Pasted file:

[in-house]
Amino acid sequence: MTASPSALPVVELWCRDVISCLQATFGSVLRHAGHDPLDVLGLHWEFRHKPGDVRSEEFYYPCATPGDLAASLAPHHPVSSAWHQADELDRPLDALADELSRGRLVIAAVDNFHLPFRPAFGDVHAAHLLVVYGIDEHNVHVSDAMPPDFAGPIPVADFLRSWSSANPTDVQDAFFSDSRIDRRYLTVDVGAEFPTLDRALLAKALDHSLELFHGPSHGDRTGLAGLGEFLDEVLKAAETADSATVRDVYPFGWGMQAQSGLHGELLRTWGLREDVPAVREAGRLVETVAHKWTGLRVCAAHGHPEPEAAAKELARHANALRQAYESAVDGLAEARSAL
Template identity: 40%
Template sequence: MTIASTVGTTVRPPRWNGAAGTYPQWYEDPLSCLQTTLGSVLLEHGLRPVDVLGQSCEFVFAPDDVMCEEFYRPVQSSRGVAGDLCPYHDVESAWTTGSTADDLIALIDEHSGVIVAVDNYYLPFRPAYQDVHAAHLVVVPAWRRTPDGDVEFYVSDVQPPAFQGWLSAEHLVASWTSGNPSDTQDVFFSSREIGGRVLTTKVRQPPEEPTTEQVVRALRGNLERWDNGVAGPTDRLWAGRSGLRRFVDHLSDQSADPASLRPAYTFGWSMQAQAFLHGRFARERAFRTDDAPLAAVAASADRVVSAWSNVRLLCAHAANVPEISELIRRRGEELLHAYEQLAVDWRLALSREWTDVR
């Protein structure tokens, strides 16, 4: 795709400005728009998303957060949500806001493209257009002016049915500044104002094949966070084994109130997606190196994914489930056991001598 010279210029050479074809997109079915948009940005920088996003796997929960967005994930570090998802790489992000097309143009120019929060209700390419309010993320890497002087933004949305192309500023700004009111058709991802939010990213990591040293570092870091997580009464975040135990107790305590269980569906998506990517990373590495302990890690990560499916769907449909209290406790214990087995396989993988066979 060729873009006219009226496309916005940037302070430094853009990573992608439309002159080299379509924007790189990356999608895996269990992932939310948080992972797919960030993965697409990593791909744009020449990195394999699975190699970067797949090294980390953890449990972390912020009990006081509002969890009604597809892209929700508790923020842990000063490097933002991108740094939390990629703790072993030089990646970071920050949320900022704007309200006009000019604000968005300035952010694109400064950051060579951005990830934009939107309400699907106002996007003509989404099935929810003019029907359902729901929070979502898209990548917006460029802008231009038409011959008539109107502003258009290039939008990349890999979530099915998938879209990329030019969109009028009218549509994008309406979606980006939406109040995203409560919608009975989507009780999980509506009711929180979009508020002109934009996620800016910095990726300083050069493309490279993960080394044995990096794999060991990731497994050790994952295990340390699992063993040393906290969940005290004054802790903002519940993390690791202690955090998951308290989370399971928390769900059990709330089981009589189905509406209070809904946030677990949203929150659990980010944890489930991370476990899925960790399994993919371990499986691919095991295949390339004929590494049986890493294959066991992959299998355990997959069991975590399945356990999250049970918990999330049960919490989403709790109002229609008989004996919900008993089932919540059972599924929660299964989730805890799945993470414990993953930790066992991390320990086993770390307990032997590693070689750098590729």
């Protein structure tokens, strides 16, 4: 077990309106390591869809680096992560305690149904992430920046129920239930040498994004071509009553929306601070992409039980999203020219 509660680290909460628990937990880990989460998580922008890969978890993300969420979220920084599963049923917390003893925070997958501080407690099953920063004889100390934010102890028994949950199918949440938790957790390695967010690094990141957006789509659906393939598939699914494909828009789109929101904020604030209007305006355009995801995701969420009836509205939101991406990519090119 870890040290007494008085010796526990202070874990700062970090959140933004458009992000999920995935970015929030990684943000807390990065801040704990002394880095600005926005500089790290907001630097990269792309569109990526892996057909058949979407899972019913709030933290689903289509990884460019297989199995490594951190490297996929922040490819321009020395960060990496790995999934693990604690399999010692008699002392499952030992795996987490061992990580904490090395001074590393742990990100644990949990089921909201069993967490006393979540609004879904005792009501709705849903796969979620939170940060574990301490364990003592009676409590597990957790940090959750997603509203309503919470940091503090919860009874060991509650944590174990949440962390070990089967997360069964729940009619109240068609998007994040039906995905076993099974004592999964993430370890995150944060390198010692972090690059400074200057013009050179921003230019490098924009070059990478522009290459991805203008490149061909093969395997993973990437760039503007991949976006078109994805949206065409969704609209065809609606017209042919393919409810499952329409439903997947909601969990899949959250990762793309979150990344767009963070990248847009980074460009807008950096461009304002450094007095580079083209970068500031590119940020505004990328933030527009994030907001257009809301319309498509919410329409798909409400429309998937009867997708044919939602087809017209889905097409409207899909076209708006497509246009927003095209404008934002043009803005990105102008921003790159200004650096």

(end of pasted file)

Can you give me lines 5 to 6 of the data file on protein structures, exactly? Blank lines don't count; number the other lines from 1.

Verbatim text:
């Protein structure tokens, strides 16, 4: 795709400005728009998303957060949500806001493209257009002016049915500044104002094949966070084994109130997606190196994914489930056991001598 010279210029050479074809997109079915948009940005920088996003796997929960967005994930570090998802790489992000097309143009120019929060209700390419309010993320890497002087933004949305192309500023700004009111058709991802939010990213990591040293570092870091997580009464975040135990107790305590269980569906998506990517990373590495302990890690990560499916769907449909209290406790214990087995396989993988066979 060729873009006219009226496309916005940037302070430094853009990573992608439309002159080299379509924007790189990356999608895996269990992932939310948080992972797919960030993965697409990593791909744009020449990195394999699975190699970067797949090294980390953890449990972390912020009990006081509002969890009604597809892209929700508790923020842990000063490097933002991108740094939390990629703790072993030089990646970071920050949320900022704007309200006009000019604000968005300035952010694109400064950051060579951005990830934009939107309400699907106002996007003509989404099935929810003019029907359902729901929070979502898209990548917006460029802008231009038409011959008539109107502003258009290039939008990349890999979530099915998938879209990329030019969109009028009218549509994008309406979606980006939406109040995203409560919608009975989507009780999980509506009711929180979009508020002109934009996620800016910095990726300083050069493309490279993960080394044995990096794999060991990731497994050790994952295990340390699992063993040393906290969940005290004054802790903002519940993390690791202690955090998951308290989370399971928390769900059990709330089981009589189905509406209070809904946030677990949203929150659990980010944890489930991370476990899925960790399994993919371990499986691919095991295949390339004929590494049986890493294959066991992959299998355990997959069991975590399945356990999250049970918990999330049960919490989403709790109002229609008989004996919900008993089932919540059972599924929660299964989730805890799945993470414990993953930790066992991390320990086993770390307990032997590693070689750098590729």
């Protein structure tokens, strides 16, 4: 077990309106390591869809680096992560305690149904992430920046129920239930040498994004071509009553929306601070992409039980999203020219 509660680290909460628990937990880990989460998580922008890969978890993300969420979220920084599963049923917390003893925070997958501080407690099953920063004889100390934010102890028994949950199918949440938790957790390695967010690094990141957006789509659906393939598939699914494909828009789109929101904020604030209007305006355009995801995701969420009836509205939101991406990519090119 870890040290007494008085010796526990202070874990700062970090959140933004458009992000999920995935970015929030990684943000807390990065801040704990002394880095600005926005500089790290907001630097990269792309569109990526892996057909058949979407899972019913709030933290689903289509990884460019297989199995490594951190490297996929922040490819321009020395960060990496790995999934693990604690399999010692008699002392499952030992795996987490061992990580904490090395001074590393742990990100644990949990089921909201069993967490006393979540609004879904005792009501709705849903796969979620939170940060574990301490364990003592009676409590597990957790940090959750997603509203309503919470940091503090919860009874060991509650944590174990949440962390070990089967997360069964729940009619109240068609998007994040039906995905076993099974004592999964993430370890995150944060390198010692972090690059400074200057013009050179921003230019490098924009070059990478522009290459991805203008490149061909093969395997993973990437760039503007991949976006078109994805949206065409969704609209065809609606017209042919393919409810499952329409439903997947909601969990899949959250990762793309979150990344767009963070990248847009980074460009807008950096461009304002450094007095580079083209970068500031590119940020505004990328933030527009994030907001257009809301319309498509919410329409798909409400429309998937009867997708044919939602087809017209889905097409409207899909076209708006497509246009927003095209404008934002043009803005990105102008921003790159200004650096």